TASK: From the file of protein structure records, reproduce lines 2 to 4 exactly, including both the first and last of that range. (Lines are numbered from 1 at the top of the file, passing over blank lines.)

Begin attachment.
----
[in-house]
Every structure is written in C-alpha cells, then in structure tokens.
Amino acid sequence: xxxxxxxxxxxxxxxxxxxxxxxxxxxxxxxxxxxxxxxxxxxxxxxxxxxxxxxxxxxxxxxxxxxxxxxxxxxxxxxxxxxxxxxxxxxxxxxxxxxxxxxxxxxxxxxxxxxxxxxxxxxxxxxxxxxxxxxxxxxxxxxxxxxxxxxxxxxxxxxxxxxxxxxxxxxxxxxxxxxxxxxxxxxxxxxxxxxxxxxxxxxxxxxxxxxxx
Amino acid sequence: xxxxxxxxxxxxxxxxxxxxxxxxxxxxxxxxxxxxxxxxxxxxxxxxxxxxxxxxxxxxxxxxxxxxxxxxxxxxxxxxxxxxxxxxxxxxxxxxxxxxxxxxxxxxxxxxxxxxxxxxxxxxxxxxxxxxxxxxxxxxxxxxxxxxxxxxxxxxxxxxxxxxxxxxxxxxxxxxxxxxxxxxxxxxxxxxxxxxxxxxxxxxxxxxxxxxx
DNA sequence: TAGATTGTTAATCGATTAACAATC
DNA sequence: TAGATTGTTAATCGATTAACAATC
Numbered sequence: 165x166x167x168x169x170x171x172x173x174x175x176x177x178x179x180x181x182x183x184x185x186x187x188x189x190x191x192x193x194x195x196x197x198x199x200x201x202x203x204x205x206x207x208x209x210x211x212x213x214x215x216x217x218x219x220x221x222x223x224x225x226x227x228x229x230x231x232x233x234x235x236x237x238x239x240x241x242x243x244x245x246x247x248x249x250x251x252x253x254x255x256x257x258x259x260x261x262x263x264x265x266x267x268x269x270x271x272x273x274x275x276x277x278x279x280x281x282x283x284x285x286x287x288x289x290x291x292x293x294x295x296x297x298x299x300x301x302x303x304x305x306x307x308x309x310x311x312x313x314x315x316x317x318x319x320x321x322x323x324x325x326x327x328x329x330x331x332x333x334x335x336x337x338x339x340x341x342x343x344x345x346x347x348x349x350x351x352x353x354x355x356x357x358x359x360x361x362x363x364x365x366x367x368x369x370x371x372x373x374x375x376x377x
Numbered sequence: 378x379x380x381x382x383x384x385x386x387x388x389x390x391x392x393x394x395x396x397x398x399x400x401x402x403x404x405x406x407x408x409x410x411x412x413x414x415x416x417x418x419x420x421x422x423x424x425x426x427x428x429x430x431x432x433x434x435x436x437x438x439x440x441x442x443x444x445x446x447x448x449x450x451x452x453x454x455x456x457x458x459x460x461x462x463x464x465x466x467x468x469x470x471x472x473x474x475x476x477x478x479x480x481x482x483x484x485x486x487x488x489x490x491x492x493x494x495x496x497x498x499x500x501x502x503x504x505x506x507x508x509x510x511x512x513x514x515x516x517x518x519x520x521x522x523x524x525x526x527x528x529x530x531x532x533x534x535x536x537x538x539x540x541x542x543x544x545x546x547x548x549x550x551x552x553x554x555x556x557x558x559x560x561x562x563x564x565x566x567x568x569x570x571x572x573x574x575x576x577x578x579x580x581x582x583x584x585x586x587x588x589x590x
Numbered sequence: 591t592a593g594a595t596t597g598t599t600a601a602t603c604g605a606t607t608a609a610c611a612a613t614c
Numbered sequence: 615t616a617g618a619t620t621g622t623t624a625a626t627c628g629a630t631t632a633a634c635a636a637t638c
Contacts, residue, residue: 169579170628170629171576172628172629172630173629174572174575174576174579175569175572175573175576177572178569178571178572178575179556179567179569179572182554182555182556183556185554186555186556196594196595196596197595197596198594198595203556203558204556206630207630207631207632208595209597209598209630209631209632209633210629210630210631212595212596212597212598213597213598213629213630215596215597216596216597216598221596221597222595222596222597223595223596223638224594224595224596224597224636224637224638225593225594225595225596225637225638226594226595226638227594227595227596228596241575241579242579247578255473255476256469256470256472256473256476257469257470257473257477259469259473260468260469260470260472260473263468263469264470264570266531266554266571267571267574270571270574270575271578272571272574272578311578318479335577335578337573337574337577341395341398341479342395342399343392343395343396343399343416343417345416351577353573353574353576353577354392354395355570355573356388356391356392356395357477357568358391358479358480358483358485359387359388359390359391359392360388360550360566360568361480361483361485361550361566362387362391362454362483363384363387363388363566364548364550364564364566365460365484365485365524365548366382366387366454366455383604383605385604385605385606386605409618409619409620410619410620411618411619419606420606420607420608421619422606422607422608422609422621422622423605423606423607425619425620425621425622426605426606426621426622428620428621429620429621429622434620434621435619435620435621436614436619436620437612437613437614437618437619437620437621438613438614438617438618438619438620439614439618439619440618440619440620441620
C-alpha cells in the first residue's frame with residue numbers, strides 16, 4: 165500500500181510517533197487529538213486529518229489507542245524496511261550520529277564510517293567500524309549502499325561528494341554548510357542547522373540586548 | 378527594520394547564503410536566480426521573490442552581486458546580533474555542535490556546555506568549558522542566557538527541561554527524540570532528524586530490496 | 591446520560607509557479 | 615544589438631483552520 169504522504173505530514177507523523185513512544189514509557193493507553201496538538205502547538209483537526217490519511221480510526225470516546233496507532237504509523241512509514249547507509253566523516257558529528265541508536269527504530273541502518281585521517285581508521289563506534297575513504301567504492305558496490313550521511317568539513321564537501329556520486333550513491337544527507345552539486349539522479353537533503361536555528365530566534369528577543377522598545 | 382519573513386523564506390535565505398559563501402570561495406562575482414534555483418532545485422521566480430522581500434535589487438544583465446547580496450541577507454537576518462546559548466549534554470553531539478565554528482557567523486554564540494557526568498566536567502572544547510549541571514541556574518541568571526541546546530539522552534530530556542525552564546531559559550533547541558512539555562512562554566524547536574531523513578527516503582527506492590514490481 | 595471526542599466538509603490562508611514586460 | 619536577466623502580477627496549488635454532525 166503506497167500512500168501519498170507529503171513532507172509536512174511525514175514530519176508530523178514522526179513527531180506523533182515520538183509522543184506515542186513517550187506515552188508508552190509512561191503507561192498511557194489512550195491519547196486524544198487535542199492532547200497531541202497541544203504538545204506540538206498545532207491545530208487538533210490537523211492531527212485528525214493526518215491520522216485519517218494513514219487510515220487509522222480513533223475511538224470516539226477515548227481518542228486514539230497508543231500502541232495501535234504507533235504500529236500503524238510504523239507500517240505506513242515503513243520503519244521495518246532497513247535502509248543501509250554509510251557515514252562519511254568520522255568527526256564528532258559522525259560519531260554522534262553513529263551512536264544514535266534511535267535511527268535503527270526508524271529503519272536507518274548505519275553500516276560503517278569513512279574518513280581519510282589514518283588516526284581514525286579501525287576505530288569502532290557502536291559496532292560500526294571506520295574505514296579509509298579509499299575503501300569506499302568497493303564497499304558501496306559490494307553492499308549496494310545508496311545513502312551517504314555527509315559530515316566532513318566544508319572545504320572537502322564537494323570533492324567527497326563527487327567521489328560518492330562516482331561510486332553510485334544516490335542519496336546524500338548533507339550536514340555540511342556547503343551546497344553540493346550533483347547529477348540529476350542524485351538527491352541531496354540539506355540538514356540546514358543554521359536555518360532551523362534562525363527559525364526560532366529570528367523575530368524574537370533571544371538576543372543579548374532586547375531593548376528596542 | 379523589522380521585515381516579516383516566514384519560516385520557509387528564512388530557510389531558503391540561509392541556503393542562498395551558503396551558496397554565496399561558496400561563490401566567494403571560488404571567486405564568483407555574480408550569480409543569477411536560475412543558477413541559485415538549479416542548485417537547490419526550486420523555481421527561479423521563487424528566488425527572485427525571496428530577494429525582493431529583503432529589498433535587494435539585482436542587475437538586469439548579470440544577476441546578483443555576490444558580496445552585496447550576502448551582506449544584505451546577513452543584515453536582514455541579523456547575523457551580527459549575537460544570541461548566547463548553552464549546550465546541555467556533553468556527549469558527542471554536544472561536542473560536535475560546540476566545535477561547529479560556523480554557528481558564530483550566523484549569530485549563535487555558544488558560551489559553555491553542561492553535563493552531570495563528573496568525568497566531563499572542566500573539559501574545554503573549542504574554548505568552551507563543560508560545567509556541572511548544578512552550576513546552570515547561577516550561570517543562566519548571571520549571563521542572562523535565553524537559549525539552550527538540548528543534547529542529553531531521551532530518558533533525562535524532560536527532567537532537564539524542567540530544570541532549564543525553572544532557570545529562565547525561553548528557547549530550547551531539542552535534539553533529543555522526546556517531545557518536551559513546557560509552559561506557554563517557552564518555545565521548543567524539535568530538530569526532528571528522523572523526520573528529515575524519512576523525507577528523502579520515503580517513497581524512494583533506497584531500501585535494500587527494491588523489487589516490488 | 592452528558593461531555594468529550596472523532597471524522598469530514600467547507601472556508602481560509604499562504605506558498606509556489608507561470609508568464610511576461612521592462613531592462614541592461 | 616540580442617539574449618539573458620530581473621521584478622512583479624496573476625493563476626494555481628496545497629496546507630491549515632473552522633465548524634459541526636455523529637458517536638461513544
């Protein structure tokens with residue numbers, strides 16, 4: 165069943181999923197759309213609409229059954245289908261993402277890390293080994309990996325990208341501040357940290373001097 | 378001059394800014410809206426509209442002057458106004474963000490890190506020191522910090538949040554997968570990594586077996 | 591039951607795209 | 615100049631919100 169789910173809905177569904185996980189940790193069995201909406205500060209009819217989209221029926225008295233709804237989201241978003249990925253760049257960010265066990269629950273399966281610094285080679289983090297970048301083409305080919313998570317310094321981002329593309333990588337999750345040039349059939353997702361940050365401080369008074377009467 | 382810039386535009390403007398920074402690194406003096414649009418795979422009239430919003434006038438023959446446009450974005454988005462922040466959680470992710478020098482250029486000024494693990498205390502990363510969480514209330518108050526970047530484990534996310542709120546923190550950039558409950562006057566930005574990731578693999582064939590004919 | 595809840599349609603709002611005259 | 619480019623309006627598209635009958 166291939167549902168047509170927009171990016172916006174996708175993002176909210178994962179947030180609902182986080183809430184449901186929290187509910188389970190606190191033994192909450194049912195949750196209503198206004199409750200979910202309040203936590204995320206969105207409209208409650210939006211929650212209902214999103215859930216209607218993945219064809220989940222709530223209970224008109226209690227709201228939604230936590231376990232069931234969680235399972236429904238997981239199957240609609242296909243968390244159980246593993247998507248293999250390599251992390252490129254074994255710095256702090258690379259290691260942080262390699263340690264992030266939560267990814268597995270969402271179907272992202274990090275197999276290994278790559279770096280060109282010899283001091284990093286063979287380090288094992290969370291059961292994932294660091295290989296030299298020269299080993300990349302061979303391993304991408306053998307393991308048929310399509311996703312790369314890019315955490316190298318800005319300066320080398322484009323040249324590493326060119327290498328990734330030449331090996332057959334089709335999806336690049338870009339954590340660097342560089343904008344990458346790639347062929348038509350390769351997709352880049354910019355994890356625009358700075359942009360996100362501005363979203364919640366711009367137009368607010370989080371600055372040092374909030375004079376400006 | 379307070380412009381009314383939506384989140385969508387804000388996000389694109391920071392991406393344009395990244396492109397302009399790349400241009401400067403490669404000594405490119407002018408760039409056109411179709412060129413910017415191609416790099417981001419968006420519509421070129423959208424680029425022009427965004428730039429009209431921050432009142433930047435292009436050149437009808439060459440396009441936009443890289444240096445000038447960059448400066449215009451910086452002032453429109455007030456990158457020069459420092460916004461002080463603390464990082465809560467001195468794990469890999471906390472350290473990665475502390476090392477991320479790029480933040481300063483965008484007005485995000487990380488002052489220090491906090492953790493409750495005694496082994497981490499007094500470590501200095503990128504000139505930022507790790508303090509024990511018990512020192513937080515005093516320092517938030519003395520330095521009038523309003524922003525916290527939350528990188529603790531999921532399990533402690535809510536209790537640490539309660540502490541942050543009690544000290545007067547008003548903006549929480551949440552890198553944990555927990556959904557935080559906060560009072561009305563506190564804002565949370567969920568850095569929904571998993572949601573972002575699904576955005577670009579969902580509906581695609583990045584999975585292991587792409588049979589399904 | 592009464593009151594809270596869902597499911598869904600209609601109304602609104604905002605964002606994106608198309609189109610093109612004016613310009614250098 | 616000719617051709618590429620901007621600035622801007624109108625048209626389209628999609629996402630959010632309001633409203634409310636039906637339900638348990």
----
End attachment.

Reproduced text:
Every structure is written in C-alpha cells, then in structure tokens.
Amino acid sequence: xxxxxxxxxxxxxxxxxxxxxxxxxxxxxxxxxxxxxxxxxxxxxxxxxxxxxxxxxxxxxxxxxxxxxxxxxxxxxxxxxxxxxxxxxxxxxxxxxxxxxxxxxxxxxxxxxxxxxxxxxxxxxxxxxxxxxxxxxxxxxxxxxxxxxxxxxxxxxxxxxxxxxxxxxxxxxxxxxxxxxxxxxxxxxxxxxxxxxxxxxxxxxxxxxxxxx
Amino acid sequence: xxxxxxxxxxxxxxxxxxxxxxxxxxxxxxxxxxxxxxxxxxxxxxxxxxxxxxxxxxxxxxxxxxxxxxxxxxxxxxxxxxxxxxxxxxxxxxxxxxxxxxxxxxxxxxxxxxxxxxxxxxxxxxxxxxxxxxxxxxxxxxxxxxxxxxxxxxxxxxxxxxxxxxxxxxxxxxxxxxxxxxxxxxxxxxxxxxxxxxxxxxxxxxxxxxxxx